Brigid had agreed to meet her friend, Lori McGinnis, on Sunday evening for dinner with her family. We departed Denver for Amarillo, a trip of approximately 440 miles, intending to arrive in Dallas on Saturday evening.
We had intended to stop for lunch after about 100 miles. However, as the Interstate passed through Colorado Springs, John suddenly veered off to the Business Loop exit. Brigid, who had been following too closely, did not have time to follow. For the first time during the trip, we were unexpectedly separated.
Brigid exited at the next junction and returned on the Business Loop to look for John. In the meantime John, realising his error, turned around and went down the main Interstate, to where we had separated!
Having failed to find John, Brigid got back on the Interstate and exited 2 junctions later at a gas station, where she bought fresh batteries for her CB radio and tried, unsuccessfully, to call him.
John, by this stage, was getting rather cross – and worried. Having expected Brigid to remain somewhere in sight of the Interstate, he tried to call Brigid on his CB. Unfortunately the hand held units have a very poor range.
This proving unsuccessful, John returned to the Interstate and waited at a safe place after junction where they had last seen each other. After a considerable wait, a red pick-up truck stopped and the driver asked ‘Are you looking for your wife? – She’s at the gas station down the road.’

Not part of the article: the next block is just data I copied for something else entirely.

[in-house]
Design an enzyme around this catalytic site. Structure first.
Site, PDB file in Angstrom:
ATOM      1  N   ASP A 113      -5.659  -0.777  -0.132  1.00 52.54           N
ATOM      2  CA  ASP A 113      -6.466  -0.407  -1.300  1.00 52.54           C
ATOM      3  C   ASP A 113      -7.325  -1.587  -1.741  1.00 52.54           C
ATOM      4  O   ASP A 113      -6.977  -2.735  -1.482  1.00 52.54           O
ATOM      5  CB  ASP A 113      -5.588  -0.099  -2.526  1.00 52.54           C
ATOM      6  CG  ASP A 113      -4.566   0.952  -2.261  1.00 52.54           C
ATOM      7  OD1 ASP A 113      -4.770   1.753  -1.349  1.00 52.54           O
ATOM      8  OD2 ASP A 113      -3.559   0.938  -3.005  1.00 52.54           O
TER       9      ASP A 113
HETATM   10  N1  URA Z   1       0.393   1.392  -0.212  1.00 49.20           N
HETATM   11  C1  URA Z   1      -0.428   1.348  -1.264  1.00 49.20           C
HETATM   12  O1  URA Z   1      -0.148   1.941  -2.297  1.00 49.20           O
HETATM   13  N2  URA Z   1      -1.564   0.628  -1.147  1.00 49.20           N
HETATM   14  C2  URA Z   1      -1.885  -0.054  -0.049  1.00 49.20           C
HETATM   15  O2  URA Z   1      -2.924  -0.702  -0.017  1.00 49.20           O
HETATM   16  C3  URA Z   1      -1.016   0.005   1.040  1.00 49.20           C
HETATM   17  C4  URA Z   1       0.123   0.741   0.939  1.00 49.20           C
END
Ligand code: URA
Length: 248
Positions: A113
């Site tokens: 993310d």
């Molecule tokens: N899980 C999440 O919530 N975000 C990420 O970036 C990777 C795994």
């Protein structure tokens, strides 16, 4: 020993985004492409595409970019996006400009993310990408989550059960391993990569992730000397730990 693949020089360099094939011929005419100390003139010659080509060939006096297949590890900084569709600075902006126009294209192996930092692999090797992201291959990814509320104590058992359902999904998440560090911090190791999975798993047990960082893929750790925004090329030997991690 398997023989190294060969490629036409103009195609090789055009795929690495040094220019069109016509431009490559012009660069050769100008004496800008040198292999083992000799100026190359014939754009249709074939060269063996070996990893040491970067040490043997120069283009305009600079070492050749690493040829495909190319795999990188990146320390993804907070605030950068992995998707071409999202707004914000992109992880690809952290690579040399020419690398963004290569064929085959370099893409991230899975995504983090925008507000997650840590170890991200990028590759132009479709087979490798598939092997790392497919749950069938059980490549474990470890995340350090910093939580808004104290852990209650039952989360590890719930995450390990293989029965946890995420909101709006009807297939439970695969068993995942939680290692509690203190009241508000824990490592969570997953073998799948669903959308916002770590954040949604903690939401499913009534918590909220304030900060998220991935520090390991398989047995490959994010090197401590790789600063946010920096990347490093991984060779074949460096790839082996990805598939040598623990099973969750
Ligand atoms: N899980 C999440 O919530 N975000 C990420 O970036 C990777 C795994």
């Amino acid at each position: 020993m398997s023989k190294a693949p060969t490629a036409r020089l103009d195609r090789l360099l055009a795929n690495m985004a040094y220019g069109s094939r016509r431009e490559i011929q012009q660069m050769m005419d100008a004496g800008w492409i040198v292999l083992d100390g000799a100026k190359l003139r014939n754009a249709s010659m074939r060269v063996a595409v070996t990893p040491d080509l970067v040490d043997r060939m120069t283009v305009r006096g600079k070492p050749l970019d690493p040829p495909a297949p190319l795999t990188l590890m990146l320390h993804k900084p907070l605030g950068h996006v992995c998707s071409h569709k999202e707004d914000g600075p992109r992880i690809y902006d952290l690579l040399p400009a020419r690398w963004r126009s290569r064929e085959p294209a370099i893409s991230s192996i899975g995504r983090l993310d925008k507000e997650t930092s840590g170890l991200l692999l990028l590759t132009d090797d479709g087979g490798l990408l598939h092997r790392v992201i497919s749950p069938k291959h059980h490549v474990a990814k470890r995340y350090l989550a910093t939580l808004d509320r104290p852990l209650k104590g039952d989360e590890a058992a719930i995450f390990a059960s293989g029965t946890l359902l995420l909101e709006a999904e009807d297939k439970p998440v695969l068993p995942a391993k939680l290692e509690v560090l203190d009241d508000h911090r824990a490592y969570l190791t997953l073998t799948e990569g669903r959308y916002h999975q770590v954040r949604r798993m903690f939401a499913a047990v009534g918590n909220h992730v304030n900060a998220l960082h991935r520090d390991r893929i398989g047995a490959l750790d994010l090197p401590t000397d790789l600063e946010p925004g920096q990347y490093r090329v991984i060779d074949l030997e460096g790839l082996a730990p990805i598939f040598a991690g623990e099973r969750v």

Thus safely re-united we continued our journey. At Raton, NM, we took the 287 for Amarillo. It was a long, straight, boring highway and at times we were the only vehicles on the road. We were distracted for a time by the sight of a small aircraft circling overhead. Shortly afterwards we slowed up as we passed a Highway Police Patrol car.
Minutes later there appeared the familiar blue and red flashing lights in the rear view mirrors! Yes, we had been clocked by the aircraft doing 81 mph in a 65 limit. The officers were friendly enough, and did us a 2 for 1 deal – Brigid got the citation, and John got the warning!
We eventually reached Amarillo after dark. (American roads can be quite treacherous to motorcyclists at night. The huge 16 wheeler trucks often shred a flat tyre, leaving the debris all over the road.) It had not been a good day. If ever we needed a beer, now was the time. We arrived to find that a number of wedding parties had filled practically every motel room in Amarillo. By the time we eventually found a vacancy, most restaurants were closed and we had to settle for a snack in the nearby Waffle House – but the bar was closed!